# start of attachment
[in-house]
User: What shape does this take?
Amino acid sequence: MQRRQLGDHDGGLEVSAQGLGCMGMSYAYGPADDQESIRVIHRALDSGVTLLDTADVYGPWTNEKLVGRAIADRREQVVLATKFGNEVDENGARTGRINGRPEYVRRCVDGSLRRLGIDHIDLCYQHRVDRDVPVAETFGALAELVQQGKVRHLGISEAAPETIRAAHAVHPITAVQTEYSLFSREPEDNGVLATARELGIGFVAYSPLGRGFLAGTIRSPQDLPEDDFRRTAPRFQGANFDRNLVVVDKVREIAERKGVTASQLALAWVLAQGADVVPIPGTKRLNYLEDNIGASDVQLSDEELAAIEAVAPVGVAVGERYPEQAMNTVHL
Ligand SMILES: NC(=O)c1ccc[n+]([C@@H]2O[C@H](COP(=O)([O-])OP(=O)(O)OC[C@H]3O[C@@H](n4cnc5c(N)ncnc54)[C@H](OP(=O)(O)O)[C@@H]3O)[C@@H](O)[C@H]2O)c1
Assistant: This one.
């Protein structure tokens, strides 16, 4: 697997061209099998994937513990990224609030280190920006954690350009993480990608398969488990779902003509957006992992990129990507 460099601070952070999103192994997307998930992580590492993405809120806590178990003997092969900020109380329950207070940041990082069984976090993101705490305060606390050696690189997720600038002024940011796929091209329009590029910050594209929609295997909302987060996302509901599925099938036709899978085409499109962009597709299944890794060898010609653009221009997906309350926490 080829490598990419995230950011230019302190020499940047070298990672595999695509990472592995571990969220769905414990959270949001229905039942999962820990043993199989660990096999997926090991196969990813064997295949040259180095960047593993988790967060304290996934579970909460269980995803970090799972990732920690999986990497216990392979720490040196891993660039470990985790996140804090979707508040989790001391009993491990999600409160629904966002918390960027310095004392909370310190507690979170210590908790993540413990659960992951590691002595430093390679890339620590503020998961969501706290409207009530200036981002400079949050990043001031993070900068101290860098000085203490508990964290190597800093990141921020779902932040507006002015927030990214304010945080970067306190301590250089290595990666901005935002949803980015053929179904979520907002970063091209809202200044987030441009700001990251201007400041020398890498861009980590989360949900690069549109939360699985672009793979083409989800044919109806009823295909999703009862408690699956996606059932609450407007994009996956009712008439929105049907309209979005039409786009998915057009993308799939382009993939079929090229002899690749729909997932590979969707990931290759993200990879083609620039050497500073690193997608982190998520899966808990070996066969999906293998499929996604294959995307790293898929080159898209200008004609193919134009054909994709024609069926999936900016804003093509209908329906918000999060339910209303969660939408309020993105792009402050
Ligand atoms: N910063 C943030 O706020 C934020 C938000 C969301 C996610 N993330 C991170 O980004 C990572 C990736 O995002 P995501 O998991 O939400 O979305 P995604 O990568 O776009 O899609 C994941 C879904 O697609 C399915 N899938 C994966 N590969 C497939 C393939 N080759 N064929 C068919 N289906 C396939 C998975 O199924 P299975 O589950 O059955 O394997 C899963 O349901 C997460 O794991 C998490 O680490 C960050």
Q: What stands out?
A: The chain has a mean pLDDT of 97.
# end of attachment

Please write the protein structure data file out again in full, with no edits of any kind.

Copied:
[in-house]
User: What shape does this take?
Amino acid sequence: MQRRQLGDHDGGLEVSAQGLGCMGMSYAYGPADDQESIRVIHRALDSGVTLLDTADVYGPWTNEKLVGRAIADRREQVVLATKFGNEVDENGARTGRINGRPEYVRRCVDGSLRRLGIDHIDLCYQHRVDRDVPVAETFGALAELVQQGKVRHLGISEAAPETIRAAHAVHPITAVQTEYSLFSREPEDNGVLATARELGIGFVAYSPLGRGFLAGTIRSPQDLPEDDFRRTAPRFQGANFDRNLVVVDKVREIAERKGVTASQLALAWVLAQGADVVPIPGTKRLNYLEDNIGASDVQLSDEELAAIEAVAPVGVAVGERYPEQAMNTVHL
Ligand SMILES: NC(=O)c1ccc[n+]([C@@H]2O[C@H](COP(=O)([O-])OP(=O)(O)OC[C@H]3O[C@@H](n4cnc5c(N)ncnc54)[C@H](OP(=O)(O)O)[C@@H]3O)[C@@H](O)[C@H]2O)c1
Assistant: This one.
């Protein structure tokens, strides 16, 4: 697997061209099998994937513990990224609030280190920006954690350009993480990608398969488990779902003509957006992992990129990507 460099601070952070999103192994997307998930992580590492993405809120806590178990003997092969900020109380329950207070940041990082069984976090993101705490305060606390050696690189997720600038002024940011796929091209329009590029910050594209929609295997909302987060996302509901599925099938036709899978085409499109962009597709299944890794060898010609653009221009997906309350926490 080829490598990419995230950011230019302190020499940047070298990672595999695509990472592995571990969220769905414990959270949001229905039942999962820990043993199989660990096999997926090991196969990813064997295949040259180095960047593993988790967060304290996934579970909460269980995803970090799972990732920690999986990497216990392979720490040196891993660039470990985790996140804090979707508040989790001391009993491990999600409160629904966002918390960027310095004392909370310190507690979170210590908790993540413990659960992951590691002595430093390679890339620590503020998961969501706290409207009530200036981002400079949050990043001031993070900068101290860098000085203490508990964290190597800093990141921020779902932040507006002015927030990214304010945080970067306190301590250089290595990666901005935002949803980015053929179904979520907002970063091209809202200044987030441009700001990251201007400041020398890498861009980590989360949900690069549109939360699985672009793979083409989800044919109806009823295909999703009862408690699956996606059932609450407007994009996956009712008439929105049907309209979005039409786009998915057009993308799939382009993939079929090229002899690749729909997932590979969707990931290759993200990879083609620039050497500073690193997608982190998520899966808990070996066969999906293998499929996604294959995307790293898929080159898209200008004609193919134009054909994709024609069926999936900016804003093509209908329906918000999060339910209303969660939408309020993105792009402050
Ligand atoms: N910063 C943030 O706020 C934020 C938000 C969301 C996610 N993330 C991170 O980004 C990572 C990736 O995002 P995501 O998991 O939400 O979305 P995604 O990568 O776009 O899609 C994941 C879904 O697609 C399915 N899938 C994966 N590969 C497939 C393939 N080759 N064929 C068919 N289906 C396939 C998975 O199924 P299975 O589950 O059955 O394997 C899963 O349901 C997460 O794991 C998490 O680490 C960050």
Q: What stands out?
A: The chain has a mean pLDDT of 97.